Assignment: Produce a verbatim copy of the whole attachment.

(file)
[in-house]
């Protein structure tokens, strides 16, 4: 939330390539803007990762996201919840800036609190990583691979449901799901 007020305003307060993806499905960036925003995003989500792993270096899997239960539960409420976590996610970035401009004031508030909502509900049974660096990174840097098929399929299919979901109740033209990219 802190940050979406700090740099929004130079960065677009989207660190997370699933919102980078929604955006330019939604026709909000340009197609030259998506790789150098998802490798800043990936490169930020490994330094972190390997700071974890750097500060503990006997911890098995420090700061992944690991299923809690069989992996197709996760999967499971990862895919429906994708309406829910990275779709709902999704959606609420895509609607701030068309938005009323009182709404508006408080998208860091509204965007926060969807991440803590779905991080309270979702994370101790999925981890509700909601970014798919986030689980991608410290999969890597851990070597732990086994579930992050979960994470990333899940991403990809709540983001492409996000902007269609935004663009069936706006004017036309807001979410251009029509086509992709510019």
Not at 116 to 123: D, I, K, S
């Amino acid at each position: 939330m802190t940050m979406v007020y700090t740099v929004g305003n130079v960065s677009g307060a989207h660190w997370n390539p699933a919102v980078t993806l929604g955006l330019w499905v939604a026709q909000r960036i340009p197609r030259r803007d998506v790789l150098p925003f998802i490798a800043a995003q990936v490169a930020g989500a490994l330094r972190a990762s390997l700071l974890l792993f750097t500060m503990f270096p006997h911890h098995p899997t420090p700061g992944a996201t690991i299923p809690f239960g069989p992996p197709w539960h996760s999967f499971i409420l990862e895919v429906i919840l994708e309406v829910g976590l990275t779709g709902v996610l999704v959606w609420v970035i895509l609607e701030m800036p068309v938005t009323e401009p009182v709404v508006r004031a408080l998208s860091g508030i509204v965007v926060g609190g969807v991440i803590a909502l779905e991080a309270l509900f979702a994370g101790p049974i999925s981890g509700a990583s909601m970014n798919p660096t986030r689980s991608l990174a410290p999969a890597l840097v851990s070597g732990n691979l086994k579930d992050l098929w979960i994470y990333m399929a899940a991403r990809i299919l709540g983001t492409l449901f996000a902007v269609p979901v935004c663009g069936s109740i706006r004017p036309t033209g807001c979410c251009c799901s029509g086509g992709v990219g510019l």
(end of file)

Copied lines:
[in-house]
């Protein structure tokens, strides 16, 4: 939330390539803007990762996201919840800036609190990583691979449901799901 007020305003307060993806499905960036925003995003989500792993270096899997239960539960409420976590996610970035401009004031508030909502509900049974660096990174840097098929399929299919979901109740033209990219 802190940050979406700090740099929004130079960065677009989207660190997370699933919102980078929604955006330019939604026709909000340009197609030259998506790789150098998802490798800043990936490169930020490994330094972190390997700071974890750097500060503990006997911890098995420090700061992944690991299923809690069989992996197709996760999967499971990862895919429906994708309406829910990275779709709902999704959606609420895509609607701030068309938005009323009182709404508006408080998208860091509204965007926060969807991440803590779905991080309270979702994370101790999925981890509700909601970014798919986030689980991608410290999969890597851990070597732990086994579930992050979960994470990333899940991403990809709540983001492409996000902007269609935004663009069936706006004017036309807001979410251009029509086509992709510019």
Not at 116 to 123: D, I, K, S
């Amino acid at each position: 939330m802190t940050m979406v007020y700090t740099v929004g305003n130079v960065s677009g307060a989207h660190w997370n390539p699933a919102v980078t993806l929604g955006l330019w499905v939604a026709q909000r960036i340009p197609r030259r803007d998506v790789l150098p925003f998802i490798a800043a995003q990936v490169a930020g989500a490994l330094r972190a990762s390997l700071l974890l792993f750097t500060m503990f270096p006997h911890h098995p899997t420090p700061g992944a996201t690991i299923p809690f239960g069989p992996p197709w539960h996760s999967f499971i409420l990862e895919v429906i919840l994708e309406v829910g976590l990275t779709g709902v996610l999704v959606w609420v970035i895509l609607e701030m800036p068309v938005t009323e401009p009182v709404v508006r004031a408080l998208s860091g508030i509204v965007v926060g609190g969807v991440i803590a909502l779905e991080a309270l509900f979702a994370g101790p049974i999925s981890g509700a990583s909601m970014n798919p660096t986030r689980s991608l990174a410290p999969a890597l840097v851990s070597g732990n691979l086994k579930d992050l098929w979960i994470y990333m399929a899940a991403r990809i299919l709540g983001t492409l449901f996000a902007v269609p979901v935004c663009g069936s109740i706006r004017p036309t033209g807001c979410c251009c799901s029509g086509g992709v990219g510019l």